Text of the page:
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Faith Alone

I am taking a church history class and have been so blessed by studying the Reformation again. I remember the first time I studied the Reformation in my undergrad ten years ago. It was life changing. In that class, the Lord opened my eyes to understand true Christian faith. I realized faith is not simply believing God exists. It is not some self-discovery or inner peace. Faith is not even about calling yourself a Christian or going to church.


Rather, as John Calvin puts it, faith is “a firm and sure knowledge of God’s favor toward us, based on the truth of a free promise in Christ, revealed to our minds and sealed on our hearts by the Holy Spirit.” The knowledge involved in faith is not merely an intellectual act. Faith is about who we know. Faith knows God. It personally knows of God’s character as a loving father. It is sure of his love because he sent his Son to die.


In my undergrad class, I went from a student memorizing a list of divine attributes to a child who loved her father. God went from an abstract idea to someone I knew personally. As Calvin would put it, I had for the first time a “firm and sure knowledge of God’s favor towards me”. I became sure of his love because he sent his son for me. I had faith not based on myself, but “based on the truth of a free promise in Christ”.


I can’t express the impact the Reformers continue to have on me. Not because there is something magical in the Reformers. Rather, they never fail to show me the beauty of Christ. This time around, I got to read Martin Luther’s treatise, On Christian Liberty. Luther says faith is like a wedding ring.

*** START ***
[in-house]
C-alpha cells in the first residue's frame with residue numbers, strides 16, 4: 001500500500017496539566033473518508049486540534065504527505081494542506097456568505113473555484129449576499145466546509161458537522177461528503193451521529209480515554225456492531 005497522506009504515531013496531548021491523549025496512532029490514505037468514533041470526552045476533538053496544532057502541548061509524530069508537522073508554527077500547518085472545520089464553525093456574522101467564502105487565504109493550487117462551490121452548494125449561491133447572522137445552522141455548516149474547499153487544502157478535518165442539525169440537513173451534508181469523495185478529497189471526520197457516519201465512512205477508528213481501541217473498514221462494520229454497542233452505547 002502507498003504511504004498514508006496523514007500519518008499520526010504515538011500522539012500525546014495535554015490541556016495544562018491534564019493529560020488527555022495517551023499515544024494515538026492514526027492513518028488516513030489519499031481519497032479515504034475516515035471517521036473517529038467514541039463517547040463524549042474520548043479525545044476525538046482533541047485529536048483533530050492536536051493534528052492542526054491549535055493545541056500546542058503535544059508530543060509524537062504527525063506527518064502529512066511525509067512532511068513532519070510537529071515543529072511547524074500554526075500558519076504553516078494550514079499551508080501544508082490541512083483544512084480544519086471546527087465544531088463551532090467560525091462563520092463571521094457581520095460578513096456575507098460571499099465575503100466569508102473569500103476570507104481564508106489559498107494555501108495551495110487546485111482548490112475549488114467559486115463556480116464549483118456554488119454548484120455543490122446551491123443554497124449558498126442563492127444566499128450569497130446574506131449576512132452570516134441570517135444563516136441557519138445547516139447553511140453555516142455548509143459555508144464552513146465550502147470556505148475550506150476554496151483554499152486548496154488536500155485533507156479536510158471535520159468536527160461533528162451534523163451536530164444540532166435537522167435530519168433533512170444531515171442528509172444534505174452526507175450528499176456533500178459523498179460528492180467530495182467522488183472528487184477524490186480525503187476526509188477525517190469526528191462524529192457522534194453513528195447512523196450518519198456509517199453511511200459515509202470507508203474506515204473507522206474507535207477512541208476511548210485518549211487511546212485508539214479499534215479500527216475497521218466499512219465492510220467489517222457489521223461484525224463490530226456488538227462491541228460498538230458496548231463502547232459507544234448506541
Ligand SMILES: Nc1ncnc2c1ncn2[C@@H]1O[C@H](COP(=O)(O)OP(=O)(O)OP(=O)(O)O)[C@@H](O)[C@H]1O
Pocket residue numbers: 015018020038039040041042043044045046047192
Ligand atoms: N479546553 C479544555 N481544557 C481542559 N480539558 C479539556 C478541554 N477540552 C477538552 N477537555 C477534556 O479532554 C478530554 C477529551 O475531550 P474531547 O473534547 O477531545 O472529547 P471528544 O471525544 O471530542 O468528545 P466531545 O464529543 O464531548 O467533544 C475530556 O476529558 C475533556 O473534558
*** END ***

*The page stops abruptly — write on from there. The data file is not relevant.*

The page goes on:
By the wedding ring of faith he (Christ) shares in the sins, death, and pains of hell which are his bride's. As a matter of fact, he makes them his own and acts as if they were his own and as if he himself had sinned.


As a loving husband, Christ gives his life for the sake of saving his bride. He takes our sin. He takes our death. He takes them as if they were his own. Yet, the story doesn’t end there. By faith, we are promised to receive all that is Christ’s. Just as he took our sin and death upon himself, we receive his righteousness and eternal life as rightfully ours. As Luther says,


Thus the believing soul by means of the pledge of its faith is free in Christ, its bridegroom, free from all sins, secure against death and hell, and is endowed with the eternal righteousness, life, and salvation of Christ its bridegroom.


This is the story of the gospel. One the Reformers loved to tell.


To this day, I remember one lecture from my undergrad class. We were going over Psalm 131 which reads, “I have calmed and quieted my soul, like a weaned child with its mother; like a weaned child is my soul within me.” I was struck by the psalmist’s image. I wanted to be held by God’s arms like a weaned child. In fact, what struck me was not how much I wanted that kind of relationship with God. It was the sure knowledge that I already had it. I know now that this was not a work of my own doing. This was the work of God’s Spirit that revealed this truth to my mind and sealed it to my heart. It was a gift of faith.



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